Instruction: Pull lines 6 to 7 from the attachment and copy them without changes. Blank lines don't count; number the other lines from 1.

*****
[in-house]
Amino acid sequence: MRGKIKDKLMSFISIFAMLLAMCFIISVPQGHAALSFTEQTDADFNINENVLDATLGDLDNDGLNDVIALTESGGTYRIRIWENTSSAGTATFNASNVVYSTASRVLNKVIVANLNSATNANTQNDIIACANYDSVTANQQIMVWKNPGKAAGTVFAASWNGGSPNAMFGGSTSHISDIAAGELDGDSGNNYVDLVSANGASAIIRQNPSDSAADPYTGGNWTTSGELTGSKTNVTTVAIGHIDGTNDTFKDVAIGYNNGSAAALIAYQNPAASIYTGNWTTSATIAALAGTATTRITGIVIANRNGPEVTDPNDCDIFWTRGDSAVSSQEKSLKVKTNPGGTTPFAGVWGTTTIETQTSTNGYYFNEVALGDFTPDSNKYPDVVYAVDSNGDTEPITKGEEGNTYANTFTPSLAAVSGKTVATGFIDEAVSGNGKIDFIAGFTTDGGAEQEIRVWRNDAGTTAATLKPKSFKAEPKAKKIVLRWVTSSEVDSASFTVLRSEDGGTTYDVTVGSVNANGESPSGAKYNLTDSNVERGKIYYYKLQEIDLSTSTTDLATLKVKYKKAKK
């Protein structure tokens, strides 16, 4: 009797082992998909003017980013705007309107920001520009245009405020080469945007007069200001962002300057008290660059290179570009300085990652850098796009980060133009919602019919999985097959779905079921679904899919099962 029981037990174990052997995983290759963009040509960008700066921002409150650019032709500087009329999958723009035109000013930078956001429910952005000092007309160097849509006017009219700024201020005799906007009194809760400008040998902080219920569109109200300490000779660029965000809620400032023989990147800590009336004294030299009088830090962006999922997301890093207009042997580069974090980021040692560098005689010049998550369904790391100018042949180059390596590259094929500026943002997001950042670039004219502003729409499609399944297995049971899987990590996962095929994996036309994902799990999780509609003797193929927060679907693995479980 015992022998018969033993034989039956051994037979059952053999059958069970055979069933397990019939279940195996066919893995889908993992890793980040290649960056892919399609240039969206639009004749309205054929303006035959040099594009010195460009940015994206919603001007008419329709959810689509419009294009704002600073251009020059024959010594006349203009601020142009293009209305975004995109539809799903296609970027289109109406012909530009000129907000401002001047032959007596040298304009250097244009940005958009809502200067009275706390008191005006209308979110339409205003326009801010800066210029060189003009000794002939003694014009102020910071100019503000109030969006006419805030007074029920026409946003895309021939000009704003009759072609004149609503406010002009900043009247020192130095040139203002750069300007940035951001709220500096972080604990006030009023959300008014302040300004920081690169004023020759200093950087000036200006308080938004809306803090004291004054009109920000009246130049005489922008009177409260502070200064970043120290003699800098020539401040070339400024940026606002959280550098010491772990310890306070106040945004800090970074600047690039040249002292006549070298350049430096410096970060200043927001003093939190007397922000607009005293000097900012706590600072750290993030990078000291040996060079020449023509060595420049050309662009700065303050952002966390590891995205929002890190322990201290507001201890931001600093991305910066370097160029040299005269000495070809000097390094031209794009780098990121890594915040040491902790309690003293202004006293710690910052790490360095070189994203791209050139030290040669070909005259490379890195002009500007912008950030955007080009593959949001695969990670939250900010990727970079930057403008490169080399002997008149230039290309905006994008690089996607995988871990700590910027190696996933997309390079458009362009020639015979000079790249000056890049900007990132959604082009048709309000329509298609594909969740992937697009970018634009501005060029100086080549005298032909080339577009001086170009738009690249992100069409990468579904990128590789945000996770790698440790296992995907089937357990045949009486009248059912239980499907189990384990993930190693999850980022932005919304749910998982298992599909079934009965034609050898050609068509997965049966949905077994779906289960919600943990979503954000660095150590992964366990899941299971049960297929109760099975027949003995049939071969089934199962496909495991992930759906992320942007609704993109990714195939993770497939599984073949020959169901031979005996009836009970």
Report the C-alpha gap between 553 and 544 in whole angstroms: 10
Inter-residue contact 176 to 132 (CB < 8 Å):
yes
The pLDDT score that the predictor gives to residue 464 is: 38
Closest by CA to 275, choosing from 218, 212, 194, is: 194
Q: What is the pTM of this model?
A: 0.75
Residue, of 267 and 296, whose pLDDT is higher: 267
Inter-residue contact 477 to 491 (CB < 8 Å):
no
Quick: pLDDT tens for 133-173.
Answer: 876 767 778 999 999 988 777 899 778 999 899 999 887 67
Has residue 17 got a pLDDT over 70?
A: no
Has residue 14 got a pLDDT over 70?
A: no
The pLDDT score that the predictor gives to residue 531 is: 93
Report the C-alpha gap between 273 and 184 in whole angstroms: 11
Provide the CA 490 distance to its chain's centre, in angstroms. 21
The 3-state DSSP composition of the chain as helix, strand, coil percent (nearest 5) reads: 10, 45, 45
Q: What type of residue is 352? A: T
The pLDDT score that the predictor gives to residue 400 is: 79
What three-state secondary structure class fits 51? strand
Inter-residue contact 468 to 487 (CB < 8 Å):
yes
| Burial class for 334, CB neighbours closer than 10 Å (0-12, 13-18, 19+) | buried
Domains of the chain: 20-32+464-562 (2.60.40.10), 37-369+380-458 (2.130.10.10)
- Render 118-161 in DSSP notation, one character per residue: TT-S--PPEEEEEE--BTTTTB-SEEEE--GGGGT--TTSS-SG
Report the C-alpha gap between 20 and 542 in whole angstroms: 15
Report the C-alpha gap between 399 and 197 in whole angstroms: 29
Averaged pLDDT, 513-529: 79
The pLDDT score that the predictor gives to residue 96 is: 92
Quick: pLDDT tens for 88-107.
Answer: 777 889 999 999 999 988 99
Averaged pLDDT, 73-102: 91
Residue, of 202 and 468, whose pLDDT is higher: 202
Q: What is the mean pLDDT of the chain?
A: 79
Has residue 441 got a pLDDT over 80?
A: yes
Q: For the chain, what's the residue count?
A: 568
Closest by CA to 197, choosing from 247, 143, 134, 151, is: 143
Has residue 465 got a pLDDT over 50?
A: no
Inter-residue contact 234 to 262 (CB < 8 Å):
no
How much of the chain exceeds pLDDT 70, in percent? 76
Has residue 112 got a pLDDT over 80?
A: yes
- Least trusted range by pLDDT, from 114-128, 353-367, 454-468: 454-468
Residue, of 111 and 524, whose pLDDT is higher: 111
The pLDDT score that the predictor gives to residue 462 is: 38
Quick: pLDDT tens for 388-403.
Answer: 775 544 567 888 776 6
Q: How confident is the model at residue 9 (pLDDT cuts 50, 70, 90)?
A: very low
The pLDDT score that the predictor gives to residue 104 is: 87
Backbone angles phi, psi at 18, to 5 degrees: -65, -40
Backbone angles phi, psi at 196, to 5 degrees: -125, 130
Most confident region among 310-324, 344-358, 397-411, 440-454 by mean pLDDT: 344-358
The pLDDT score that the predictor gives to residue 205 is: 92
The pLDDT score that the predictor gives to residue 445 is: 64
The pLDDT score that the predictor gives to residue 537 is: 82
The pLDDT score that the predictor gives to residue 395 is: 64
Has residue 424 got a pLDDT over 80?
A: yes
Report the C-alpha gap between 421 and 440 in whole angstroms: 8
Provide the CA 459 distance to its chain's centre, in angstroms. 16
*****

yes
The pLDDT score that the predictor gives to residue 464 is: 38